We recently spent time catching up with Ethan Parrish. Ethan is a GeoVisions alum, and participated in our Teach in Thailand program a couple of years ago. Today, Ethan is a geologist, photographer and is constantly seeking ways to be kind to others and be a change maker. Learn more about Ethan in our interview below, and don’t miss his amazing short video, A Day in the #TeacherLife.
Our motto is ‘Experiences are more important than landmarks’ – in a couple of sentences, share an experience you had on your program (or a weekend adventuring on your own) that stands out to you.
Inevitably there will always be “problem” students. At the school my fiancée and I were teaching at there were several. One of her students in particular was incredibly poorly behaved. He openly, mocked, cursed and ignored her in class and no degree of reporting him to school authorities had any effect. The school had already written him off (as they had with loads of students, but that’s a different story). One evening, while I was walking into town along the river I ran into this student fishing off the pier. I talked myself into acknowledging him and saying hello thinking I’d regret it. He knew very little English (maybe if he payed attention in class…), but with some creative charades invited me to sit and fish with him. Over the course of the next 15 minutes I learned that he was the sole provider for his mom, grandmother and two sisters and that he was currently fishing to feed his family. It became very clear to me that to him school was wasted time that he could be spending providing for his family. That experience has had a lasting effect on me, and among many other lessons from that moment, serves to remind me that I was really the student while I was teaching in Thailand.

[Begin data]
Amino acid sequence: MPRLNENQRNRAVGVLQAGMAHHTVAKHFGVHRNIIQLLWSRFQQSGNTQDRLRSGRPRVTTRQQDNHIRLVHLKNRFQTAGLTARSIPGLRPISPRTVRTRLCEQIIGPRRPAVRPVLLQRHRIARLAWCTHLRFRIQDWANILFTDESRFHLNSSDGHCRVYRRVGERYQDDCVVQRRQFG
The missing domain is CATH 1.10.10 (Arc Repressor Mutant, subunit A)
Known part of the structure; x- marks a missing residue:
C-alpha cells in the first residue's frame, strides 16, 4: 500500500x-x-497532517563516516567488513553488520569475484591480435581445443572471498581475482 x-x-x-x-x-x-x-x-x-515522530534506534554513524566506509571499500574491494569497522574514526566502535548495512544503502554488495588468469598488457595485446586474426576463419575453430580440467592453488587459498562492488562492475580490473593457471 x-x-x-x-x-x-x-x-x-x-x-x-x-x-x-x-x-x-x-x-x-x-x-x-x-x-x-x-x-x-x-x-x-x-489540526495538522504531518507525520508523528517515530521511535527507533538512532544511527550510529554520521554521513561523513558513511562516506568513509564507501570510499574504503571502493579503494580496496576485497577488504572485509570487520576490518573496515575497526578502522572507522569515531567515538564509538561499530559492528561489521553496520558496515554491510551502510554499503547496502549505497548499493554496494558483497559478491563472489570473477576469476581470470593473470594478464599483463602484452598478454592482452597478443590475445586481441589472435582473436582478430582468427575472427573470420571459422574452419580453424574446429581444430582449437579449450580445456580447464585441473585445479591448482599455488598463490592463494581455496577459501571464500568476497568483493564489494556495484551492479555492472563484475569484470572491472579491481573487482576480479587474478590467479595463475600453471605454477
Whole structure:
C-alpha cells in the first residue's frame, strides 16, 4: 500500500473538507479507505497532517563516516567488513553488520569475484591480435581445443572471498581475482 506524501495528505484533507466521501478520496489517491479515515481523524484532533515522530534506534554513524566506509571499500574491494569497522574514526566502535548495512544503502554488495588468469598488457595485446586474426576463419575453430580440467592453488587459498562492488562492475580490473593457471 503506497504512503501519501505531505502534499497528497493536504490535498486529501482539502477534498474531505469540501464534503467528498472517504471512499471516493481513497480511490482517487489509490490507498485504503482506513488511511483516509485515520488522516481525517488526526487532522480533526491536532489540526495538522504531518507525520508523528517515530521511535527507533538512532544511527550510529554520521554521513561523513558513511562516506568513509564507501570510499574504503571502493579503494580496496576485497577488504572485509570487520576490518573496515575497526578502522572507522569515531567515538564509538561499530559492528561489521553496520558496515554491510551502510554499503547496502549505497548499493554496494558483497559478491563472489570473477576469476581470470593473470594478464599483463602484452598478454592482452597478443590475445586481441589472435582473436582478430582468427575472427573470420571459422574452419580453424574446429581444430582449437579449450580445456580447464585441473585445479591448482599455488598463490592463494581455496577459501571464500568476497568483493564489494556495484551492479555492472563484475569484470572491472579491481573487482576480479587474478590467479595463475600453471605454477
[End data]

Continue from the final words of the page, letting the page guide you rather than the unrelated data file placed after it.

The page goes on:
Which of the five senses do you value most while traveling?
This is a very difficult question… I value all of them so much. That said, if I have to choose one, I have to say vision. As an avid photographer I’m constantly looking for the beauty in the world around me. Despite the romanticized picture most people have of traveling, it can often be very stressful and overwhelming, especially when you’re actually in transit. For me actively looking for beauty while traveling reminds me to relax and appreciate the little things about wherever I find myself at a given moment.
Have your career goals shifted since you have returned from your GeoVisions program?
I’m a geologist by trade and took a 7-month sabbatical for my GeoVisions program. Prior to my trip I hadn’t really considered pursuing work in academia (namely teaching). Now, however, I’m much more open to the idea. I’m currently working on a M.S. in geology at University of Wisconsin—Madison.
Describe the most interesting person you met on one of your travels.
I don’t think I can identify a “most” interesting person. I’ve met a lot of very interesting people though. Hitch-hiking around New Zealand introduced me to a lot of really interesting people. On one hitch, I got a ride from a prostitute headed to a lunch-time “appointment”. On another, a trucker that could name just about every plant he saw. One woman had three corgis that I cuddled with for 2 hours as we drove through central Otago. My favorite hitch, however, was with a woman named Robin. She’d been widowed for 3 years and picked me up on the west coast of the South Island. I don’t remember the details, but I remember talking with her non-stop as we drove down the coast. After a couple hours in the car she abruptly pulled off the road into this pull-off that I never would’ve seen otherwise. She got out and simply said, “you coming?” Not seeing much of a choice, I got out and followed. After walking through dense brush for about 5 minutes we popped out onto this stunning, pristine, secluded, beach. She told me that this was her and her late husband’s favorite place to escape to in all the world. She said that she’d hadn’t been back to this place since his passing and then thanked me for making her smile in the past couple of hours. We went back to the car and she dropped me at the next town where I was heading east and she south.